Positive phase III data represent a key milestone for what looks set to become a new once-monthly injected alternative to Abilify, but more important still is what they mean for the broader commercial future of its developer, Alkermes.
The project, aripiprazole lauroxil, should now enter a market that, while highly competitive, is expanding. Add to this the recent weakness in Alkermes stock, its Ireland domicile and the fact that two key competitors have no presence in long-acting injectable antipsychotics, and a takeover thesis starts to take shape.
Otsuka’s once-monthly injected version of Abilify was approved a year ago, but aripiprazole lauroxil (ALKS 9070) is different. It is a prodrug of Abilify’s active ingredient, and thus is not a reformulation but a new chemical entity.
That said, it will compete in the same space for long-acting injectable versions of established oral anti-psychotic drugs. This scene is dominated by Johnson & Johnson’s Invega Sustenna and Risperdal Consta, for which somewhat ironically Alkermes supplies the extended-release technology.
The sector is becoming increasingly important since an infrequently injected anti-psychotic can improve compliance considerably versus a daily oral medication. Indeed, J&J looks like it will soon launch a three-monthly version of Sustenna (J&J readies even longer-acting Sustenna for a growing market, March 25, 2014).
Long-acting injectables are expected to dominate the branded anti-schizophrenia market, though this also reflects patent expiries for their oral equivalents.
In the 623-patient phase III study ALKS 9070 met the primary endpoint of bettering placebo in the positive and negative syndrome scale score after 12 weeks. A strong level of statistical significance, with p<0.001, was hit for both the 441mg and 882mg strengths.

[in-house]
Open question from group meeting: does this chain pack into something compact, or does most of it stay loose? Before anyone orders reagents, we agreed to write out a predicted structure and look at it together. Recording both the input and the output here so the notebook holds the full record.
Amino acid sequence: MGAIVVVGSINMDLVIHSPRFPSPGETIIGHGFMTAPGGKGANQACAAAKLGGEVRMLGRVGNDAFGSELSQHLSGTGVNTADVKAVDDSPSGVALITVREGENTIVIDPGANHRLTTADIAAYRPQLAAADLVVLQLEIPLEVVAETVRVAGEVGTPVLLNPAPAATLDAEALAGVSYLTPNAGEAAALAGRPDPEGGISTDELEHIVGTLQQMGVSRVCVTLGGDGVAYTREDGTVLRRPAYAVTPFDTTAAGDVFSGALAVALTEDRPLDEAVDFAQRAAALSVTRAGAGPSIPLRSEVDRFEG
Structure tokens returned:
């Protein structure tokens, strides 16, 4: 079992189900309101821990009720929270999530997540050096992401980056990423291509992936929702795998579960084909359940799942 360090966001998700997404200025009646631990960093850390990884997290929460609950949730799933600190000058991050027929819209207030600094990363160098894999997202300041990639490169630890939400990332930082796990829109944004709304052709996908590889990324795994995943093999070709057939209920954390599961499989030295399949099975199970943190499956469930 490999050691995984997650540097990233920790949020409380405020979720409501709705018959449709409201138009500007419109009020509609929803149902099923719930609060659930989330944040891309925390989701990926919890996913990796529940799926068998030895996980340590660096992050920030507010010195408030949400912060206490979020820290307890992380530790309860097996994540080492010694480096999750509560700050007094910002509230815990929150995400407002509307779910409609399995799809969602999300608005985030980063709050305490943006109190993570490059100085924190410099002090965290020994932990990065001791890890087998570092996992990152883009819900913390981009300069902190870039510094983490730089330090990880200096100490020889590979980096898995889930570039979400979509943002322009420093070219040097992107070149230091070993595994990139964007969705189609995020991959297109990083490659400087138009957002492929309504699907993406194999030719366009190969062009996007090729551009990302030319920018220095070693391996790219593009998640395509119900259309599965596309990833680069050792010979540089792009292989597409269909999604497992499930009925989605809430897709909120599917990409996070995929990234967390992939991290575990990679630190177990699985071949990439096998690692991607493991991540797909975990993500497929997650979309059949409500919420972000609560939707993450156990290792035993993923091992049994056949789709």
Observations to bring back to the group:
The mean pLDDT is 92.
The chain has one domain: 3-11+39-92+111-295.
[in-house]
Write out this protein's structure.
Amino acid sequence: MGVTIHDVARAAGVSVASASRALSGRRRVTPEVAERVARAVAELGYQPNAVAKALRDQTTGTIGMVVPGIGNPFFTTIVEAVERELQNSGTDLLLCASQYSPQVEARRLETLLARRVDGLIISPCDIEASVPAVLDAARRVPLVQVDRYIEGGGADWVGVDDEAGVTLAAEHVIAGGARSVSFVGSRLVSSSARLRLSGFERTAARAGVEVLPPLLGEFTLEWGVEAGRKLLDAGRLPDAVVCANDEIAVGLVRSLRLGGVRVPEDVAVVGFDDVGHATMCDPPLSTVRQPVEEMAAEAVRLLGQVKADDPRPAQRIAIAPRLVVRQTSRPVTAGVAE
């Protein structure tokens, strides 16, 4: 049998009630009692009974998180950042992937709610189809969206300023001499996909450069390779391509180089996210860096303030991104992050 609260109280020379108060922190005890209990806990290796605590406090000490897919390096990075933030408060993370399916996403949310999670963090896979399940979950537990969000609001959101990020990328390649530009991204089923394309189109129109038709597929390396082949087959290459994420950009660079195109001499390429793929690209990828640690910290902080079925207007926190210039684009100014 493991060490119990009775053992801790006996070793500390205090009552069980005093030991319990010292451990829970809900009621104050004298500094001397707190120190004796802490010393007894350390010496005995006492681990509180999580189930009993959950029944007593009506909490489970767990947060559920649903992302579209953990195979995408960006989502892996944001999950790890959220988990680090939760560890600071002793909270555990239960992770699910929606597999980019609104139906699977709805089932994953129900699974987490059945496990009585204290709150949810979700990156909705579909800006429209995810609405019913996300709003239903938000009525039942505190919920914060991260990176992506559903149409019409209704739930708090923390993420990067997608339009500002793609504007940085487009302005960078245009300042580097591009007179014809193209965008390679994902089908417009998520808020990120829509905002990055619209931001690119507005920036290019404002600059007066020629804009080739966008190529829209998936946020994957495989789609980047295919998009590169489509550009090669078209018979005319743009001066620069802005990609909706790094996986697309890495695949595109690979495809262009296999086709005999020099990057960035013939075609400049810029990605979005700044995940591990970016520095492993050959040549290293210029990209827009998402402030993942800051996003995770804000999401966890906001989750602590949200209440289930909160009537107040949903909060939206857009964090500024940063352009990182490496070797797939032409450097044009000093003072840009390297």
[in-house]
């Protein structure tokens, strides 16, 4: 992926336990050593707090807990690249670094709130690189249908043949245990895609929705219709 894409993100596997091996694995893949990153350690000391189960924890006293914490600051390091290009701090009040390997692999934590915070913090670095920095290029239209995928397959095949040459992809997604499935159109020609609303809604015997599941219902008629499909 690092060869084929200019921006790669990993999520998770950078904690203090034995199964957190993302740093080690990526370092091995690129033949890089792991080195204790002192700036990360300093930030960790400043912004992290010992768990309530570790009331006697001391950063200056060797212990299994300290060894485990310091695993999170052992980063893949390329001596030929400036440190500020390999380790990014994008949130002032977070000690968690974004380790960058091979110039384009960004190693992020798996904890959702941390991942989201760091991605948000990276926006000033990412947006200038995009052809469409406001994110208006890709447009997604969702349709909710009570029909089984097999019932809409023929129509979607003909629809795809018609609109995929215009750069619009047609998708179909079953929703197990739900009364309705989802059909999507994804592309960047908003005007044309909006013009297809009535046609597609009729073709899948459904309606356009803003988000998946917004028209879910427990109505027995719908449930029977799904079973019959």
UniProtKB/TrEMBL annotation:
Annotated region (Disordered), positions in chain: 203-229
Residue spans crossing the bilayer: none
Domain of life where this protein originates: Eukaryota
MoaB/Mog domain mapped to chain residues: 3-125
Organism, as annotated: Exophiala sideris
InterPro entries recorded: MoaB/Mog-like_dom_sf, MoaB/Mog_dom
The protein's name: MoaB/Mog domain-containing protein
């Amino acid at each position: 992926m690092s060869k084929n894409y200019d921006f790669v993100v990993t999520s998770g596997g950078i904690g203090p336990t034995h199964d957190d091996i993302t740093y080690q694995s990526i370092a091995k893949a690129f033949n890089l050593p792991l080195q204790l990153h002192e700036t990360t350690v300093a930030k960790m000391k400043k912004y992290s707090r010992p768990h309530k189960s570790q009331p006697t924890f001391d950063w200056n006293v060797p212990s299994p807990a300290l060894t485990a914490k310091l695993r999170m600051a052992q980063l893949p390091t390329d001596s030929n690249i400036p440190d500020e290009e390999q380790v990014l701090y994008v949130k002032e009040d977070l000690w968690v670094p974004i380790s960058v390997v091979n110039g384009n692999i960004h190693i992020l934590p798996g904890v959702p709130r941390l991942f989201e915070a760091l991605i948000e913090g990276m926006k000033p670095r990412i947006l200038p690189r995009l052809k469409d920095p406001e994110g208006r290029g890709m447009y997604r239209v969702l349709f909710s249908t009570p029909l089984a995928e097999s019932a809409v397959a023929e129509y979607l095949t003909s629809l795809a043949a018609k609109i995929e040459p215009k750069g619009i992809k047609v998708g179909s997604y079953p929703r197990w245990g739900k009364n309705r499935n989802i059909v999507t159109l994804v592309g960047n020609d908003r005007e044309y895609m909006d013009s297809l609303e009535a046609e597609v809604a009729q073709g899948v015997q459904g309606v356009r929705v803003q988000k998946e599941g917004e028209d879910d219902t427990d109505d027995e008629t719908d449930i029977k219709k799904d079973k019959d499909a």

Clearly, beating placebo is no great achievement given that Abilify itself is known to work. Moreover, for the first three weeks of the study patients in the active arms were also given daily oral Abilify, while those randomised to a sham injection were given a daily oral placebo.
But the key benefit that ALKS 9070 offers is improved compliance, and UBS analysis said the strength of the efficacy and the relatively good tolerability supported a US filing in the third quarter.
It is interesting that Alkermes has not signed up a commercial licensee – and one is surely vital for ALKS 9070 to have a chance of making a dent in the market.
If J&J has enough on its plate then companies like Lilly or AstraZeneca might make logical partners, since neither is a significant player in the non-oral segment. Lilly’s once-monthly injected form of Zyprexa was a commercial failure, while Astra does not appear to have attempted to expand Seroquel beyond its oral use.
And, if a partnership makes sense, why not a takeover? If the promise of a new entrant in this field is not enough, then surely Alkermes’ Ireland domicile, with its low tax rate, feeds into one of the most important themes of recent mid-sized acquisitions.
Alkermes’ one-year gain of 88% look quite pedestrian by biotech bull market standards, though it cannot be denied that the group trades on a demanding 21x multiple of forecast 2018 earnings. Combined with a relative lack of triggers beyond ALKS 9070 this could dampen the M&A thesis.
Still, recent takeovers by Horizon Pharma, Mallinckrodt and others have shown that price is no object when the promise of tax inversion is thrown into the mix.
Now, if only Alkermes could somehow rebrand itself as a speciality pharma group.
|623 patients, phase III||NCT01469039|